Jan 072015

One of my favorite patterns for applique are by a company called “Wooden Bear Patterns.”  I like them because they are quick and easy if you want to do raw edge applique.

Raw edge applique is a technique that takes very little time and looks awesome.  I use steam a seam 2 to trace the pattern and then iron it on to my fabric.  I like this product because it is two-sided.  One side the paper removes easily.  The other side is the side I trace my pattern on to.  I then remove the easy removable paper side and iron it on to my material.  Once the pattern is on your material, you will cut out your shape and remove the paper.  You are left with a sticky side that is easy to reposition until it is pressed on to your product.

Once on its background, you can decide to do nothing, just leave it as it is.  This will work if you are planning on using it for a wall hanging.  Personally, I would still do a blanket stitch or some form of decorative stitch around it.  I like to be sure my design stays together.  If you chose not to stitch it, you can always repress it and it will go back nicely.  Then you quilt around it and can even quilt your design in place.  I have friends who will put a piece of Tulle over the designed piece and then sew on the borders and quilt it. The Tulle holds it in place after quilting so you don’t need to fuss with the stitching around it.  I’m curious what your favorite form of applique is.  If it raw edge, needle turn or the method where you sew stabilizer on and then turn it inside out so it looks like needle turn?  What type of method or product do you use to set it in place?  We can learn from each other as we share our secrets.  Lets not be too secretive though, Please post at the bottom of this blog post and don’t forget to sign up your email so you don’t miss any posts!  My next few posts will be dedicated to applique techniques and tips.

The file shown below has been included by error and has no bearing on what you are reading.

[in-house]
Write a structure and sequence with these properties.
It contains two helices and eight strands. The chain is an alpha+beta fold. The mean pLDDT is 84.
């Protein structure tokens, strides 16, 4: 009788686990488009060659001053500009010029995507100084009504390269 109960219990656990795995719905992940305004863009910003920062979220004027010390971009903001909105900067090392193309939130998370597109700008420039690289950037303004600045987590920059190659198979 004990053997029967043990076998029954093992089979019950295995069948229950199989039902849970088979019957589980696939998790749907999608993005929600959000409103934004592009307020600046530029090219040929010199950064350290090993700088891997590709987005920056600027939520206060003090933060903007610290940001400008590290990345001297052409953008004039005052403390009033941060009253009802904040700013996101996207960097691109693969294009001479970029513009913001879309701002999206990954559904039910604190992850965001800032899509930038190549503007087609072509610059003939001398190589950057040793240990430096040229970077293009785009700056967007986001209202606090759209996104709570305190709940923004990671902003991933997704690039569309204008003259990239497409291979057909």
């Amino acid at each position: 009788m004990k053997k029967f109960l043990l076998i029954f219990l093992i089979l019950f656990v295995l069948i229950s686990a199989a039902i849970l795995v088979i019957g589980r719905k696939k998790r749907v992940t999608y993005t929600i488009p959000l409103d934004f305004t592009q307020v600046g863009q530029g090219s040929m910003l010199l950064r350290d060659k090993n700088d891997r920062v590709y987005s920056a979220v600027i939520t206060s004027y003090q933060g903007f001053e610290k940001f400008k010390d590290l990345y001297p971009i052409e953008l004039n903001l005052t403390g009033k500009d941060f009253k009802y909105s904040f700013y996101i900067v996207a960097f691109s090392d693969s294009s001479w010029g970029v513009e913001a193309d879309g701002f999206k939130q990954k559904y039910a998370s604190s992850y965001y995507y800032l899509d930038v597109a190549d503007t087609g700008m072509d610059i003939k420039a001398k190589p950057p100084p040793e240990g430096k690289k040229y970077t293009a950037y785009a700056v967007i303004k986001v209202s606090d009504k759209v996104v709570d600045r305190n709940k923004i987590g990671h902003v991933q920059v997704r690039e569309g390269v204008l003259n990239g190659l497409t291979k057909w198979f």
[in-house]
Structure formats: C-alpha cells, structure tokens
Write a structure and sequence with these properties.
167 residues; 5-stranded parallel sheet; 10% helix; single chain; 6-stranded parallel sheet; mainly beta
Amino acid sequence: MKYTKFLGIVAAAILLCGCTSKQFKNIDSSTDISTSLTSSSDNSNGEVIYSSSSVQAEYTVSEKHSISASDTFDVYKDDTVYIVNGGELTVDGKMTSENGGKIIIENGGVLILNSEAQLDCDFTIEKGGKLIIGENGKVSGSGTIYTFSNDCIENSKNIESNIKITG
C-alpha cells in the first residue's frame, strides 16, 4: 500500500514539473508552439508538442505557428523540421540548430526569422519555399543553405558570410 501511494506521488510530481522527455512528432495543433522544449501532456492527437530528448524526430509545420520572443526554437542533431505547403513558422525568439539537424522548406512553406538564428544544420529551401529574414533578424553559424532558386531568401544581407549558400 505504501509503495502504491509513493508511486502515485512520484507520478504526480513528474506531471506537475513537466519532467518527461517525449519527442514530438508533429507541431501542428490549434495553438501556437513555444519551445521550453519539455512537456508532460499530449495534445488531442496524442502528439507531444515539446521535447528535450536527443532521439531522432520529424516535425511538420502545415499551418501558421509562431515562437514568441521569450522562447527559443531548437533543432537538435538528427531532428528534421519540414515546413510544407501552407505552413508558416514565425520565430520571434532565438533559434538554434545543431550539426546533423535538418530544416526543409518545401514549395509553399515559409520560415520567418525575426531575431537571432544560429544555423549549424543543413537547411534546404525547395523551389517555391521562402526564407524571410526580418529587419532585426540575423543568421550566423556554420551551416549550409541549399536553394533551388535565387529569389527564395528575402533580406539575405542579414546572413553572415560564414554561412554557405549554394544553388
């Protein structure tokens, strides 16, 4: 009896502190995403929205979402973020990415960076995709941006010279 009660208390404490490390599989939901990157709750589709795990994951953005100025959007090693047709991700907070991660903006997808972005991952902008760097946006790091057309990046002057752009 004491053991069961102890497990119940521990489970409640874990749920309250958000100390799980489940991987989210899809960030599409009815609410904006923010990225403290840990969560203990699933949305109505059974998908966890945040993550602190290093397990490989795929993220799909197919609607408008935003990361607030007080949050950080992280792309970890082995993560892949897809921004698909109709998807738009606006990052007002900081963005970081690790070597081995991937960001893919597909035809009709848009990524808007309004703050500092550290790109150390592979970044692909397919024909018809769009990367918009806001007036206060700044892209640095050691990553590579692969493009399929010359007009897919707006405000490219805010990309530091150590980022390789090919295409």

Jan 062015

I was recently talking with a friend, Norma Riehm of quiltingisafineart.blogspot.com  , regarding spray starch.  We were both involved in a mystery quilt with oh so many pieces.  We had both decided, and I must say separately, to use spray starch to keep the block shapes.  Then today I saw on Facebook that a group I belong to was having the same discussion.

I use Faultless Premium Professional Spray Starch, purchased at any discount store.  It works wonderfully and does not leave residue that many leave behind.  I was told today however, that if you aren’t careful and clean the sprayer  often it can clog.  This may seem like an easy solution, but it’s not.  My friend had a clogged sprayer. It had been a while since she had used it, she didn’t notice that the metal had begun to rust.  She went to use it and it sprayed a rust stain on her quilt back.  Fortunately she rinsed it right away and it came out.   She now uses a pump plastic spray bottle by faultless. I would like you each to leave a comment below, telling me if you use spray starch or not and why.  It will begin a great discussion and hopefully we can all learn from each other for possible uses and solutions to problems we have with starch.  The one most important piece of information I have about spray starch is that you need to spray your project and let it sit long enough to saturate the material.  If you iron it right away, you will be pressing the starch on your fabric.  What we want to do, is allow the starch to absorb into the fabric so we don’t have a residue that flakes off.  Instead we have a piece of fabric adequately starched to hold its shape.  I hope you find this helpful and drives you to leave feedback for all of us.        Quilt on My Friends!


Jan 052015

I recently finished a piece that required a scant 1/4 inch seam allowance.  This was due to the fact that there were so many pieces and cuts we wanted to be sure not to lose any points and maintain an accurate size for each small block that would eventually become a part of a larger block.